Understanding Greenflation and Its Impact on Material Prices
Inflation is a big-time buzzword in 2022, but there’s another relevant term not getting enough attention: greenflation. As demand for renewable energy products rises, the costs of materials used to produce them are skyrocketing. Copper, aluminum, lithium, and nickel are increasingly overpriced, and even the labor needed to assemble green products is growing prohibitively expensive.
Greenflation is real, and it’s one of the biggest obstacles to a more sustainable future.
What is greenflation?
Like its root word, inflation, greenflation characterizes a rise in commodity prices, specifically, those used in the production of renewable energy products. This affects everything from common aluminum to more specific materials, such as the crystalline silicon or silicon nitride used in solar panel production.
Greenflation has rippling effects beyond driving up specific material costs. It also raises the break-even point of renewable jobs and exacerbates lead times. As a result, developers may be forced to cancel renewable contracts because of increased costs or feasibility problems.
Greenflation comes with all the struggles of inflation, but it comes in a microcosm that specifically affects renewable infrastructure.
A barrier to a more sustainable future
Cries for action on climate change are louder every day, and many states and countries are pledging a swifter transition to renewable power, but material producers and manufacturers are bearing the burden. With the price of common materials, such as copper and aluminum, already at historic highs, and bottlenecks plaguing everything from semiconductors to chemical products, manufacturers simply cannot keep pace with expectations for the renewable energy market.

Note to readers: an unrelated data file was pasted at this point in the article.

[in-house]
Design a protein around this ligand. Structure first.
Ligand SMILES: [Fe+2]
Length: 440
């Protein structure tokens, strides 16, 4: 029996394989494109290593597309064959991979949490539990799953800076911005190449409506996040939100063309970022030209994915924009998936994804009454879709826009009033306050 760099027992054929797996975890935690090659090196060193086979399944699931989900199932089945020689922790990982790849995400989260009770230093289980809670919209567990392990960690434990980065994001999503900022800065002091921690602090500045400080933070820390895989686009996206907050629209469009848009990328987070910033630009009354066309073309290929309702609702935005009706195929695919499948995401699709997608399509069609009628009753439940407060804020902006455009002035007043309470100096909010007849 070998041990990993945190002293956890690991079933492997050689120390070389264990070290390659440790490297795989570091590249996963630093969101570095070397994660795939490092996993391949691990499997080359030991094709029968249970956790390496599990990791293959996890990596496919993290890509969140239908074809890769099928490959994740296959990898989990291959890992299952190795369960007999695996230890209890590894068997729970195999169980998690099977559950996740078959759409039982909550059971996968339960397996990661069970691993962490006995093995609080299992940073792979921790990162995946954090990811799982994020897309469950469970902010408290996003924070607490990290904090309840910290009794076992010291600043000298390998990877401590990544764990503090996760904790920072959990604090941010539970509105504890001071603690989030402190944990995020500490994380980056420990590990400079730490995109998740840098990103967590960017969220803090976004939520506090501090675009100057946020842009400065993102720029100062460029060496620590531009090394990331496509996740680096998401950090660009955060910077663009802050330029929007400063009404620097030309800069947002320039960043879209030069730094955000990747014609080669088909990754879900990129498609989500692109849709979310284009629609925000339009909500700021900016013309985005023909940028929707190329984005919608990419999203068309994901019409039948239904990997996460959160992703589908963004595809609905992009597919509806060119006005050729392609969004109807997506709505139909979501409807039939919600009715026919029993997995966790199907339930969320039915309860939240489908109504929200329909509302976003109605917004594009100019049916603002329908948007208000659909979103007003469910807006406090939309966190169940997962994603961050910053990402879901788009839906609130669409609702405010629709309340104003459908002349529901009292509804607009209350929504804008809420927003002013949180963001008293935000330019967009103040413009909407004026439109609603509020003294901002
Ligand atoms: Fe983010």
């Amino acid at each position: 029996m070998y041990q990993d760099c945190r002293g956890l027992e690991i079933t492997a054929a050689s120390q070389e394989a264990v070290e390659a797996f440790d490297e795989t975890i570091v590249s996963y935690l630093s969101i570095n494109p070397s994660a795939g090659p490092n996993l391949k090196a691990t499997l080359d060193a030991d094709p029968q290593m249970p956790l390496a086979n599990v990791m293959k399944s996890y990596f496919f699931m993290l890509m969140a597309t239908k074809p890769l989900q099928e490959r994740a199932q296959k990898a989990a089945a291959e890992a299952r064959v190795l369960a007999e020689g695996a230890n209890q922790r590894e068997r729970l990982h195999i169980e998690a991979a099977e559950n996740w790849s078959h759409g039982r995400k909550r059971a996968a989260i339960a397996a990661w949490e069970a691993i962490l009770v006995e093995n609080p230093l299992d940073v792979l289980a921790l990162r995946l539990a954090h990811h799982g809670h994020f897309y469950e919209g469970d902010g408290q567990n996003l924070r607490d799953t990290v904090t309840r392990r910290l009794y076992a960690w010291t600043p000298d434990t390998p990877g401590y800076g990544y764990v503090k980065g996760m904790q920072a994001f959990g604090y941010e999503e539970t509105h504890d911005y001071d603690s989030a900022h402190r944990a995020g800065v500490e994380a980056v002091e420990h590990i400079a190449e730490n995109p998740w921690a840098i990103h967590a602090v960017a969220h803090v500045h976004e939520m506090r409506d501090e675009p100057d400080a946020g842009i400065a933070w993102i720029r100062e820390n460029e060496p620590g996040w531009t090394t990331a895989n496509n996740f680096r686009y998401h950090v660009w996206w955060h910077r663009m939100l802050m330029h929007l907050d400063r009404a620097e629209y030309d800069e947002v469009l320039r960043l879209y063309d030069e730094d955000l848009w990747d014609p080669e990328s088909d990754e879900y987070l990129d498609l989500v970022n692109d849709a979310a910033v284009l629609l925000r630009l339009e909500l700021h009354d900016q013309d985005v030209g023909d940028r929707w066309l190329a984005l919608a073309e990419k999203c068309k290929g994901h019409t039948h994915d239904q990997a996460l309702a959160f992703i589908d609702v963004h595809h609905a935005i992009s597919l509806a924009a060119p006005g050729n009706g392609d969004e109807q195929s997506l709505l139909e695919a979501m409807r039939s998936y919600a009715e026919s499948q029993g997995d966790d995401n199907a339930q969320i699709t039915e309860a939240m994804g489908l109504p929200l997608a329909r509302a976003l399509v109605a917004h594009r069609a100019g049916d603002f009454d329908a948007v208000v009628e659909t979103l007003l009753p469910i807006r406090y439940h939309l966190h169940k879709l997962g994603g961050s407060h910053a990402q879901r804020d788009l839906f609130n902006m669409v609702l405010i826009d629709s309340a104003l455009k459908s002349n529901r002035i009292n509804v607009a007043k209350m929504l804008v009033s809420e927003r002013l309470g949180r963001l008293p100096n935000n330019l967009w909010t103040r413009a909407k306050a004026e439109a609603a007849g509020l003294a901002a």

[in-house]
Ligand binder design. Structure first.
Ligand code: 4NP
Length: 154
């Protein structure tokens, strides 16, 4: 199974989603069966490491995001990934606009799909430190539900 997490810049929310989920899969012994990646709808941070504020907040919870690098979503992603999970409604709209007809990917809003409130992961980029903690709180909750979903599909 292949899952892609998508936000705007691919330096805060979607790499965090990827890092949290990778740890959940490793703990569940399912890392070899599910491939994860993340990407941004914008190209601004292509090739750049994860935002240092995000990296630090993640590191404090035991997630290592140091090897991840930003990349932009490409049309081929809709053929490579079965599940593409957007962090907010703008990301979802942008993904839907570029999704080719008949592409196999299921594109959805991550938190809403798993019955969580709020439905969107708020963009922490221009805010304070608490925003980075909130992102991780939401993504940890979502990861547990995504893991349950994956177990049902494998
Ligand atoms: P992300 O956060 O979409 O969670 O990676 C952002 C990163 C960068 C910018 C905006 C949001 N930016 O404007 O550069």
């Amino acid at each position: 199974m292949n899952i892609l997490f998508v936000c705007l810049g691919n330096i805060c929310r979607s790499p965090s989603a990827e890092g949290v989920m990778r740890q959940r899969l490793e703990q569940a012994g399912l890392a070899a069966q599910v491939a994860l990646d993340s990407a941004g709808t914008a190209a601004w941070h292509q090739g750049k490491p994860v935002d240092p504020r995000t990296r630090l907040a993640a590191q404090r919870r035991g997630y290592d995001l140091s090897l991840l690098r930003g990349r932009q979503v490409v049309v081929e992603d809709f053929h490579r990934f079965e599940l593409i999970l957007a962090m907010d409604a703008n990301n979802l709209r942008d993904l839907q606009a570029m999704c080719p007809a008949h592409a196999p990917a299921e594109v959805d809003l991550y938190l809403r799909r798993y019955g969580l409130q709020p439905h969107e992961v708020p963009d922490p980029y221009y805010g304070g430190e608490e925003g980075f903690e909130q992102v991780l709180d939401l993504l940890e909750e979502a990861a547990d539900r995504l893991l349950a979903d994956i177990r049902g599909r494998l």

Greenflation is an undeniable imbalance of supply and demand. While there’s mounting demand, supply cannot keep pace, which hampers aggressive plans for a more sustainable future. From California’s record-breaking demand for renewable power, to the Infrastructure Investment and Jobs Act set to modernize the U.S.’s energy infrastructure, greenflation is a mighty challenge for manufacturing to solve.
Facing greenflation head-on
Greenflation is a double-edged sword. Not only are high material prices making it more difficult to transition to renewables, but climate change itself stands in the way of renewable efforts. Climate change is partially to blame for product scarcity, supply chain bottlenecks, and higher prices. It’s leaving manufacturers in a perilous position — but there are options.
Lowering the cost of a sustainable energy future requires a focus on resource allocation. Like all change, the shift to renewables should be transitionary to ease away from fossil fuels and give renewable producers a chance to keep pace. Governments must also make a fiscal commitment to ease the burden of material costs during transition — action some state governments are already taking. Finally, producers must keep innovating: finding ways to stretch materials further, use them more efficiently, and produce better results.
The quest to combat climate change and adopt renewable energy is a monumental one — and it starts with addressing greenflation.